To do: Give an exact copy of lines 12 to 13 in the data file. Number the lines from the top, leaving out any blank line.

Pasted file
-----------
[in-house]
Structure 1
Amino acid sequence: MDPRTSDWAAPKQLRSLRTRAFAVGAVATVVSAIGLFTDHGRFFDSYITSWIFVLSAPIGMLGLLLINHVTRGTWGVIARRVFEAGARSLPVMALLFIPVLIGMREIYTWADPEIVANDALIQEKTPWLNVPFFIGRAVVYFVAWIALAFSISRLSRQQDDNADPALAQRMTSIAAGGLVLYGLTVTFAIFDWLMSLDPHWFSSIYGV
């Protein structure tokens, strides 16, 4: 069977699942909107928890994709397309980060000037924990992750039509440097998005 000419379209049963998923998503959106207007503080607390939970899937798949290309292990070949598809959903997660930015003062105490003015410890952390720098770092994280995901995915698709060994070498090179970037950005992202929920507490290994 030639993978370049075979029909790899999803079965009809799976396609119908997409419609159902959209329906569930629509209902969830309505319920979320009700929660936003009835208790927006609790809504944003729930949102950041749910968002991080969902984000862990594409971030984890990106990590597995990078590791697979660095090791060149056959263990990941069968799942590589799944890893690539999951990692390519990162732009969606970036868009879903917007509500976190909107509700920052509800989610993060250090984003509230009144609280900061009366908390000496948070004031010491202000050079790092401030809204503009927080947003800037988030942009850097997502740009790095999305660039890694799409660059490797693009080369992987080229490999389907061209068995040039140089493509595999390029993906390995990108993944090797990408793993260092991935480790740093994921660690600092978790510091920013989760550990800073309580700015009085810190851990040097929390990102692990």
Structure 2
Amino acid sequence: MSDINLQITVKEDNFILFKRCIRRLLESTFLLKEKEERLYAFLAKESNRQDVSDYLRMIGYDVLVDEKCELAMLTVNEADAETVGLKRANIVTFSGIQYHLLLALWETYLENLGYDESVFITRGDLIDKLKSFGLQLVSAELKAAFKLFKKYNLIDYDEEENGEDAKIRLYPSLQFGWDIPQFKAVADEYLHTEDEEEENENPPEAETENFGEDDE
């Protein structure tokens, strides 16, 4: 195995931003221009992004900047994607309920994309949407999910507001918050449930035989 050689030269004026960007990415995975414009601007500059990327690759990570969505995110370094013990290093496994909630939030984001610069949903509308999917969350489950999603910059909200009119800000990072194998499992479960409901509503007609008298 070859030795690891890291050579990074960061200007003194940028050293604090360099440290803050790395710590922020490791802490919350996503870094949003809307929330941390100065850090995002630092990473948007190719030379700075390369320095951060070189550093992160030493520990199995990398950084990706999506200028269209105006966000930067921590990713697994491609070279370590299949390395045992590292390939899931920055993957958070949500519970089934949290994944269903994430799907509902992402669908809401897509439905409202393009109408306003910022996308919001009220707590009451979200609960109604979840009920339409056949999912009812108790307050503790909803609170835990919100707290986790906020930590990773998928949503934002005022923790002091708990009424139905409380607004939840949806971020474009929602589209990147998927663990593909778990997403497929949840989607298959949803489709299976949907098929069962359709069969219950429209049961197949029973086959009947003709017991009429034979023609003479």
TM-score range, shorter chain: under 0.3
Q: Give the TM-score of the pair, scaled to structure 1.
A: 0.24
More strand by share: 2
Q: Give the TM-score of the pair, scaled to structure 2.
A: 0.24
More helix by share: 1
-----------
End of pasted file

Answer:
Q: Give the TM-score of the pair, scaled to structure 2.
A: 0.24